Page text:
Unanswered key questions in bark beetle-plant interactions concern host finding in species attacking angiosperms in tropical zones and whether management strategies based on chemical signaling used for their conifer-attacking temperate relatives may also be applied in the tropics. We hypothesized that there should be a common link in chemical signaling mediating host location by these Scolytids. Using laboratory behavioral assays and chemical analysis we demonstrate that the yellow-orange exocarp stage of coffee berries, which attracts the coffee berry borer, releases relatively high amounts of volatiles including conophthorin, chalcogran, frontalin and sulcatone that are typically associated with Scolytinae chemical ecology. The green stage of the berry produces a much less complex bouquet containing small amounts of conophthorin but no other compounds known as bark beetle semiochemicals. In behavioral assays, the coffee berry borer was attracted to the spiroacetals conophthorin and chalcogran, but avoided the monoterpenes verbenone and α-pinene, demonstrating that, as in their conifer-attacking relatives in temperate zones, the use of host and non-host volatiles is also critical in host finding by tropical species. We speculate that microorganisms formed a common basis for the establishment of crucial chemical signals comprising inter- and intraspecific communication systems in both temperate- and tropical-occurring bark beetles attacking gymnosperms and angiosperms.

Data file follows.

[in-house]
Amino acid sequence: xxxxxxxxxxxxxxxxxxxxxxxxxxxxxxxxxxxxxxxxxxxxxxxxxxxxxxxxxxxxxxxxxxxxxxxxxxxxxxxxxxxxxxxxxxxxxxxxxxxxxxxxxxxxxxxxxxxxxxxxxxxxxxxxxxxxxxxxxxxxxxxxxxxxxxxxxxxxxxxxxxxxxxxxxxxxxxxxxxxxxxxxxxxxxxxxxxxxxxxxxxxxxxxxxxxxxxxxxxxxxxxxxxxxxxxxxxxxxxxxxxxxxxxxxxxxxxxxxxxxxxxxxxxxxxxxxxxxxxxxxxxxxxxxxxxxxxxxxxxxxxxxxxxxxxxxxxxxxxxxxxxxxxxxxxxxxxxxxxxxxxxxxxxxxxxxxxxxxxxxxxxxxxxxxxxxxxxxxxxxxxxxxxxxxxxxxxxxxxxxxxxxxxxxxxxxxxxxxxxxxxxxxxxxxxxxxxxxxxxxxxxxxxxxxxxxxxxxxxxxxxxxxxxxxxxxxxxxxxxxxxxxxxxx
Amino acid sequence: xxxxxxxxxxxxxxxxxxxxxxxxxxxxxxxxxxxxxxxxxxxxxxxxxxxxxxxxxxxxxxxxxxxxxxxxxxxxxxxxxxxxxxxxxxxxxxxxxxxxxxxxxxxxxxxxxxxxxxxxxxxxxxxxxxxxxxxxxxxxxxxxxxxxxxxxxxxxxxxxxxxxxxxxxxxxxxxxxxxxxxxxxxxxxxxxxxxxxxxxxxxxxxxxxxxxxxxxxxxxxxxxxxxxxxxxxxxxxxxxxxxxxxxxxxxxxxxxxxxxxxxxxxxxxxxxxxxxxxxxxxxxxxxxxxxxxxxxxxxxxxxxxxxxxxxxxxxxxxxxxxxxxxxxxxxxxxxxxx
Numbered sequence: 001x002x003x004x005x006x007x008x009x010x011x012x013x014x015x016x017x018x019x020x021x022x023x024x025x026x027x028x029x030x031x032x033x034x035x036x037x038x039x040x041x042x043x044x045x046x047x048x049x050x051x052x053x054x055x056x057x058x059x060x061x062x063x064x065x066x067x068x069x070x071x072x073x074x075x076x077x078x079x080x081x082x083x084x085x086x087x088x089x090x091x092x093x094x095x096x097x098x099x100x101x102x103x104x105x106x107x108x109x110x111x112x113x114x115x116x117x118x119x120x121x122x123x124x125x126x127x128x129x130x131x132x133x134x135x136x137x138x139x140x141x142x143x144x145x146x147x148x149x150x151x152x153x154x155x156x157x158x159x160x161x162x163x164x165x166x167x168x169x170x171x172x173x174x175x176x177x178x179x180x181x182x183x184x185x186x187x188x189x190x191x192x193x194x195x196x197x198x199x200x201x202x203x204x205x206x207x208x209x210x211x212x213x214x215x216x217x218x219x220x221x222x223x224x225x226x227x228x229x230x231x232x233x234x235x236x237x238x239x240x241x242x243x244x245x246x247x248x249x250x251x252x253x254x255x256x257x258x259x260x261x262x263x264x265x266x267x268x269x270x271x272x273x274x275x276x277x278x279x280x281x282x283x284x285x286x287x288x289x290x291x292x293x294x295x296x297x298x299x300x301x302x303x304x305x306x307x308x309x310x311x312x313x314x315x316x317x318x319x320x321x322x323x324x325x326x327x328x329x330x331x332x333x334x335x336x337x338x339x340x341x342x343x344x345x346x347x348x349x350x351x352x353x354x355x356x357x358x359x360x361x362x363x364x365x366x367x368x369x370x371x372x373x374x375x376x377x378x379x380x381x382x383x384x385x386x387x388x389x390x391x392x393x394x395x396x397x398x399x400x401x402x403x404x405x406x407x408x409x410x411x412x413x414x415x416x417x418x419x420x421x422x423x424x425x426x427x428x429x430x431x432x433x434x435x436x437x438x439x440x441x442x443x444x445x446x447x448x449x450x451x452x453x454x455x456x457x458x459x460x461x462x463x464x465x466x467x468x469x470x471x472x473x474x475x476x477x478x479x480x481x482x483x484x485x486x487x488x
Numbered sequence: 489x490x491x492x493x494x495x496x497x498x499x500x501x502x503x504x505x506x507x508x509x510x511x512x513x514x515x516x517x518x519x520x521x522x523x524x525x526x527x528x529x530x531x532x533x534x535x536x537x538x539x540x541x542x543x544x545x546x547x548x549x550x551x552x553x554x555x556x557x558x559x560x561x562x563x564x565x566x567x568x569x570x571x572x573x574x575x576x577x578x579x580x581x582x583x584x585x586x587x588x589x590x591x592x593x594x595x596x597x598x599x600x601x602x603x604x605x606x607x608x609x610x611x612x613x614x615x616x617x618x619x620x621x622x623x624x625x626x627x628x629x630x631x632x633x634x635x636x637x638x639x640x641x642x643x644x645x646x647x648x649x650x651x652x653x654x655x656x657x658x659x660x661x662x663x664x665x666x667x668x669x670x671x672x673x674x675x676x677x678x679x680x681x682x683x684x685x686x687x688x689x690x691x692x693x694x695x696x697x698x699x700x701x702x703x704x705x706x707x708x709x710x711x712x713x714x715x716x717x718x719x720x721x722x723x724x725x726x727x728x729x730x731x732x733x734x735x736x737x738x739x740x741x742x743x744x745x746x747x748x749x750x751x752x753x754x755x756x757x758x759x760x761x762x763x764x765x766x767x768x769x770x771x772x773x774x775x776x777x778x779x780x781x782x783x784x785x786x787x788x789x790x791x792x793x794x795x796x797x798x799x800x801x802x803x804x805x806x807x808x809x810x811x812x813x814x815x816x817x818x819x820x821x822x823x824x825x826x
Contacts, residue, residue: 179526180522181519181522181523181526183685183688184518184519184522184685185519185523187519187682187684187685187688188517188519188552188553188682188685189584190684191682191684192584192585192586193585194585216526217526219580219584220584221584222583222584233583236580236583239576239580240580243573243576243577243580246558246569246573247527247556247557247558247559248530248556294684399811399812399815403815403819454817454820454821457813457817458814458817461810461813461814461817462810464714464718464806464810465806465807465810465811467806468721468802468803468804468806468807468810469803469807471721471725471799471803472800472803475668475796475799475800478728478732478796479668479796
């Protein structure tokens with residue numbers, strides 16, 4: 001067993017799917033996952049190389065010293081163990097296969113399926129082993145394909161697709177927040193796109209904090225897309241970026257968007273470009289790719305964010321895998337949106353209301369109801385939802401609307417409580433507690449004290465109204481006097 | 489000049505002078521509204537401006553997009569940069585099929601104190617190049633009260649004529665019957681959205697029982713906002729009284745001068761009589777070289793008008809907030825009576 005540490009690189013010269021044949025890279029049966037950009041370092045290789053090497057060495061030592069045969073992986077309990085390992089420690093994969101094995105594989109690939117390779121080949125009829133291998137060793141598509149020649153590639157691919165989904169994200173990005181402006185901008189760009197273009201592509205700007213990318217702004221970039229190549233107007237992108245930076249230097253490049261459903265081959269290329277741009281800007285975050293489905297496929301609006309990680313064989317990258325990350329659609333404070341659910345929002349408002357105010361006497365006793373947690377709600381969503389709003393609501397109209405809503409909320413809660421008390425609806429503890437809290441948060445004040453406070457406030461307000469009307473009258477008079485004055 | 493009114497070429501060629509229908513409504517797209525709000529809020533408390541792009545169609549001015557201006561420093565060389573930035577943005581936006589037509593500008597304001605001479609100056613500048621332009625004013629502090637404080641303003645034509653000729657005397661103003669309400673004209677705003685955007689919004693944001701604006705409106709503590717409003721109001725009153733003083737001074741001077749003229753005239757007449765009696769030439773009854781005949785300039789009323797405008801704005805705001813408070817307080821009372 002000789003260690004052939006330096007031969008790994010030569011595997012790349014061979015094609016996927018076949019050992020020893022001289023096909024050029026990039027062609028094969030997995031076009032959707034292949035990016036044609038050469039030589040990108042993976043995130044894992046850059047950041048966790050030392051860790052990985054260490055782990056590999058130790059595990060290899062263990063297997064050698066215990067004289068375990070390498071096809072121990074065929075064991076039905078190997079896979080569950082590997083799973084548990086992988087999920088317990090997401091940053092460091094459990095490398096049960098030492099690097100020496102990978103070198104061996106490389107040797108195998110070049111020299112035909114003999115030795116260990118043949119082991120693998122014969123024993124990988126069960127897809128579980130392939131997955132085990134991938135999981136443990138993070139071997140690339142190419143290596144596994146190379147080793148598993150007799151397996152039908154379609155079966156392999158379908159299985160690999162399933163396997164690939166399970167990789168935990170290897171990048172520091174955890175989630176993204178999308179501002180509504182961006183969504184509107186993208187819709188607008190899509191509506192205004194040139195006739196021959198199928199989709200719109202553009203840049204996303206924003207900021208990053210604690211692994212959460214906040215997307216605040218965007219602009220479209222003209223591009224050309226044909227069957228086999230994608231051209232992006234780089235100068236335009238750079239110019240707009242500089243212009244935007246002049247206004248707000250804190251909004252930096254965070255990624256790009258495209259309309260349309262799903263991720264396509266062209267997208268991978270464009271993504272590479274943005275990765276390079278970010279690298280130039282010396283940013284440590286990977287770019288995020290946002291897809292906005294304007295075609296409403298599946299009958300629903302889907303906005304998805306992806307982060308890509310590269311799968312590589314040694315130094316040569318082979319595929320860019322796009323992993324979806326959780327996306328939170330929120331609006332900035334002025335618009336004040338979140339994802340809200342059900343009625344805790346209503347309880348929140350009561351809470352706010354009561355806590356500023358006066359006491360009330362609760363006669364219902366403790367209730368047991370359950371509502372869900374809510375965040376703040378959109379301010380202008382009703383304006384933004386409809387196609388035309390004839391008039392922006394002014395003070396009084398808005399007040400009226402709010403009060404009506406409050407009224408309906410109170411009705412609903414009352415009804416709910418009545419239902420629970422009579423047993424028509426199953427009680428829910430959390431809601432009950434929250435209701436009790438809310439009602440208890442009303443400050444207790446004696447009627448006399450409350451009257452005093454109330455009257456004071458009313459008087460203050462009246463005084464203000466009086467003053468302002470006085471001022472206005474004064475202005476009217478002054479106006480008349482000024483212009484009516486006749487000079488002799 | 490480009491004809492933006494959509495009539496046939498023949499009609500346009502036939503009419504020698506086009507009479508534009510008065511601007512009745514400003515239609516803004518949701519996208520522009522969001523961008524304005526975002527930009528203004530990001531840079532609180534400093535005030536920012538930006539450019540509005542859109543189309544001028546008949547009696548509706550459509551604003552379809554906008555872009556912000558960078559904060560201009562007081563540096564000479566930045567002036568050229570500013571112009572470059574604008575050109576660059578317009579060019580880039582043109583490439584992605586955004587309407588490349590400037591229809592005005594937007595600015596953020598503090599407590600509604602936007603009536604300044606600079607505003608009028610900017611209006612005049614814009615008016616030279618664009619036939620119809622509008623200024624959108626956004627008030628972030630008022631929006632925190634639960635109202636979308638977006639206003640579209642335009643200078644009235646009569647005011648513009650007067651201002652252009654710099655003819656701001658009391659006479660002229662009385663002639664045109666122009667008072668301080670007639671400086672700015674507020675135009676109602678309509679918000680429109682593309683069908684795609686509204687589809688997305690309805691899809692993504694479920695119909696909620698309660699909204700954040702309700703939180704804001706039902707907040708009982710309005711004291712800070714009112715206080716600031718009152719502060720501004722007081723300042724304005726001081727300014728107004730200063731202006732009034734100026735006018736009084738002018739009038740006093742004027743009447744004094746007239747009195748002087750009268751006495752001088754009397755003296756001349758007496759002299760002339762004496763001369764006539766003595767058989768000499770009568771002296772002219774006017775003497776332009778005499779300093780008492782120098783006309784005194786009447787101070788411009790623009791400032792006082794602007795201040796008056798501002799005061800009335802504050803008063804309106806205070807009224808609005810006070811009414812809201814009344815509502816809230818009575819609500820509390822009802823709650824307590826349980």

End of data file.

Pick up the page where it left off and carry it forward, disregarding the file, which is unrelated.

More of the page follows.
12. Coffee Berry Borer Joins Bark Beetles in Coffee Klatch

    PubMed Central

    Jaramillo, Juliana; Torto, Baldwyn; Mwenda, Dickson; Troeger, Armin; Borgemeister, Christian; Poehling, Hans-Michael; Francke, Wittko

    2013-01-01